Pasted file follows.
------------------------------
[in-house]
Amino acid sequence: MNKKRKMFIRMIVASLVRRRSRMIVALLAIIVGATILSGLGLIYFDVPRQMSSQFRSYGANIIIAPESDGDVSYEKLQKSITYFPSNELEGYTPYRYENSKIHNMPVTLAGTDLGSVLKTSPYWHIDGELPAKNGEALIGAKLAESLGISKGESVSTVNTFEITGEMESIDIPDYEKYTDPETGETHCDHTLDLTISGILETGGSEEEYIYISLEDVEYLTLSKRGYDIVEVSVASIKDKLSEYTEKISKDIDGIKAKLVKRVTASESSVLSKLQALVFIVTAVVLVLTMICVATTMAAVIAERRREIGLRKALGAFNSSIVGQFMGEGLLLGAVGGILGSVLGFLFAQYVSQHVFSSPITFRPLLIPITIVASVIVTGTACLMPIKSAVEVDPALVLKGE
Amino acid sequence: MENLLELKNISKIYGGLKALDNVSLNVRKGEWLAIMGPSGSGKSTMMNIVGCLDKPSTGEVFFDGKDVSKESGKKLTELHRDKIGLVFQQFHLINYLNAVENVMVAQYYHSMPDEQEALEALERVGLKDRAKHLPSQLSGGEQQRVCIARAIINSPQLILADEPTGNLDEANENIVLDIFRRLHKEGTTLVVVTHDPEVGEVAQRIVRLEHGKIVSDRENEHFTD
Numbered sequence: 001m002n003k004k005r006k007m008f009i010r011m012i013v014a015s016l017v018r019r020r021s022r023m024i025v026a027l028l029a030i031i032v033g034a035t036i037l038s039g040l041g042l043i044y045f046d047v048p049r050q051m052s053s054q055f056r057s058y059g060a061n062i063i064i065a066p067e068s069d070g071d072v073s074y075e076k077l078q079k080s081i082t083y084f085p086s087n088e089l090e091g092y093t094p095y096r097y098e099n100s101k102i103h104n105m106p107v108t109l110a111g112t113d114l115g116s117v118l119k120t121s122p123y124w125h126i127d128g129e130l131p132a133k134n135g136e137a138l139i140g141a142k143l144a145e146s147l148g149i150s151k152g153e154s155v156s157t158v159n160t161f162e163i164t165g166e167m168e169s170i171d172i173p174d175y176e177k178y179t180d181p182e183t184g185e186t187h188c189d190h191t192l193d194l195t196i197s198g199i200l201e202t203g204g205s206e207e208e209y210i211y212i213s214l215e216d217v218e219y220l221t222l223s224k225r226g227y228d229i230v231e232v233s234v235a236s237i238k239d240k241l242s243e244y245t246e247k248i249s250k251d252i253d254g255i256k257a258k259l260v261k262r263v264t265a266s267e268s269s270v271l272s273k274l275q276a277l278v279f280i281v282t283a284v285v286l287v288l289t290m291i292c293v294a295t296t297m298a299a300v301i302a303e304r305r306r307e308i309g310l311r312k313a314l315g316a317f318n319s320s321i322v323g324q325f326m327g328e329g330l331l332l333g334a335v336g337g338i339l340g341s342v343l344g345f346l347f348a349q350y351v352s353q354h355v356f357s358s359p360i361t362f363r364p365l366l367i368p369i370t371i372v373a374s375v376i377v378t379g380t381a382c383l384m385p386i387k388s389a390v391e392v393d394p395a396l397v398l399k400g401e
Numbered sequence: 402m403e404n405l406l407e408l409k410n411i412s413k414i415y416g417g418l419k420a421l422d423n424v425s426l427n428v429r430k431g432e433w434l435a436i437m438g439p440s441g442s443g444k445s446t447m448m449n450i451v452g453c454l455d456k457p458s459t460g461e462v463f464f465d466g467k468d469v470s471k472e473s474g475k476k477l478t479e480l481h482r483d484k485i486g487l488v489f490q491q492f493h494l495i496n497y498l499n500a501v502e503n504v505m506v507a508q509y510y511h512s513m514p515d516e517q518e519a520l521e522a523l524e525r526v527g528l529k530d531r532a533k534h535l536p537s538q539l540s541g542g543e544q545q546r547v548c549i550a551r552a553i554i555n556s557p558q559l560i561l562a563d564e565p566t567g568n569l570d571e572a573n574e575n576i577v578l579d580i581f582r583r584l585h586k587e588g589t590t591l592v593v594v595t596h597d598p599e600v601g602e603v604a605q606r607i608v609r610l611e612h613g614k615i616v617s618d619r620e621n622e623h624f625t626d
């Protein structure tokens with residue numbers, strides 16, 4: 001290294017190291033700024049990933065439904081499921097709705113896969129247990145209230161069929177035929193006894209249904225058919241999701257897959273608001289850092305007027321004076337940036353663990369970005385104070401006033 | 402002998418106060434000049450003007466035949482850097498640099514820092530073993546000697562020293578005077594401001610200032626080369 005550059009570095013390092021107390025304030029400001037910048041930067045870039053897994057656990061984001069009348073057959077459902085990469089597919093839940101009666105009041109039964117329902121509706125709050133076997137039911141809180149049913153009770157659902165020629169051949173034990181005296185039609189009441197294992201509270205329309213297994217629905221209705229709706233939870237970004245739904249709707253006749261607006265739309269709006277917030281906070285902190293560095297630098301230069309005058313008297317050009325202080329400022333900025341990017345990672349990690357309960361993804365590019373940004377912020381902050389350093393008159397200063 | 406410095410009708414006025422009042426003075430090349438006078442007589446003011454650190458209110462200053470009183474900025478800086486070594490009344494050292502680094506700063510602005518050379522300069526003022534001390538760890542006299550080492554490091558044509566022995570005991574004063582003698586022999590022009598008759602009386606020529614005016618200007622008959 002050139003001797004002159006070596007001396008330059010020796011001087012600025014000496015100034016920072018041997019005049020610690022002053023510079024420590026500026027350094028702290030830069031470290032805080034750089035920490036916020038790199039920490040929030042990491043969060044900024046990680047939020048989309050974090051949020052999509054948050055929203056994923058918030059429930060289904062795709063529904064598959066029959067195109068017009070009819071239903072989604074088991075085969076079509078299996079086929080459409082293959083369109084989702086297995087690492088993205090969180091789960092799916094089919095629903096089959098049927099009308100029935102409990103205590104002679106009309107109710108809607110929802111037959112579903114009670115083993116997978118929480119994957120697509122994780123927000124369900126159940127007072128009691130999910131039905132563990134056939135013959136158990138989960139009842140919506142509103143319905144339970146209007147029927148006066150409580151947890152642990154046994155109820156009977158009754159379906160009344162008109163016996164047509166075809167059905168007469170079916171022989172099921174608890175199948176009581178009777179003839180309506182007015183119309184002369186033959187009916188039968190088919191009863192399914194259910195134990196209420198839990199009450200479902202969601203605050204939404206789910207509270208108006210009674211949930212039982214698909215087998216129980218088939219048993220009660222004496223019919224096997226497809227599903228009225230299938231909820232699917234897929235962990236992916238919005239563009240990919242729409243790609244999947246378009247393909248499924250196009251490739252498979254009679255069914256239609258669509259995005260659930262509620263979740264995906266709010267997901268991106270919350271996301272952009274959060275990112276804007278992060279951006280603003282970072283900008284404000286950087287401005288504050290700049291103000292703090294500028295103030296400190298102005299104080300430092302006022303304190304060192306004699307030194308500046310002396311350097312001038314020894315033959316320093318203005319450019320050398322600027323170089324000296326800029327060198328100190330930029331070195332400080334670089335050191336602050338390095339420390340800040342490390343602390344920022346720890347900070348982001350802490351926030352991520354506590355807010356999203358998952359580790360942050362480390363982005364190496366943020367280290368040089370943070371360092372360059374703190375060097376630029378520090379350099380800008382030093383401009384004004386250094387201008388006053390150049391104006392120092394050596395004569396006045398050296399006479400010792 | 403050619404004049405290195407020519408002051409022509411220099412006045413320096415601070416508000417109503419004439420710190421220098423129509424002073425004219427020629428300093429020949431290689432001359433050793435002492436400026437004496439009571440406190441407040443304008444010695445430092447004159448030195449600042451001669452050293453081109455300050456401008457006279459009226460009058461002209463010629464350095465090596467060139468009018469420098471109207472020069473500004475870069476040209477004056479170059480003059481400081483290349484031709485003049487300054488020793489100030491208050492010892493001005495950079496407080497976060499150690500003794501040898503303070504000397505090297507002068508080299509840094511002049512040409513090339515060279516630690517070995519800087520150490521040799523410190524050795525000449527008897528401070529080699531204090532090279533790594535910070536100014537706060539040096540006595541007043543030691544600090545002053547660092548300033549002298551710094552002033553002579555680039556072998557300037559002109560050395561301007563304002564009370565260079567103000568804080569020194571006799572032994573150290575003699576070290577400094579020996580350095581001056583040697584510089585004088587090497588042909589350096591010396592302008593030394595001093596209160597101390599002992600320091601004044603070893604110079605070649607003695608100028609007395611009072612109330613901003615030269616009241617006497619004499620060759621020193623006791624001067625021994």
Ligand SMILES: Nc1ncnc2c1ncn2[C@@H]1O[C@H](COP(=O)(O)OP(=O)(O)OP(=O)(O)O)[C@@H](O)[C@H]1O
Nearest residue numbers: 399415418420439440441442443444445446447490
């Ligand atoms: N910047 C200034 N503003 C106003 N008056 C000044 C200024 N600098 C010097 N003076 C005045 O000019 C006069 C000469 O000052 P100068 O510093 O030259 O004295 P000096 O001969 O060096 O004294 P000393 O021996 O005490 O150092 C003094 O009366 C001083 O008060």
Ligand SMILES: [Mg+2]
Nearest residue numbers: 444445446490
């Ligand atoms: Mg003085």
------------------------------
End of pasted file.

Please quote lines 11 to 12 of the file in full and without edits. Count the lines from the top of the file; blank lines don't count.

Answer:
Nearest residue numbers: 444445446490
């Ligand atoms: Mg003085």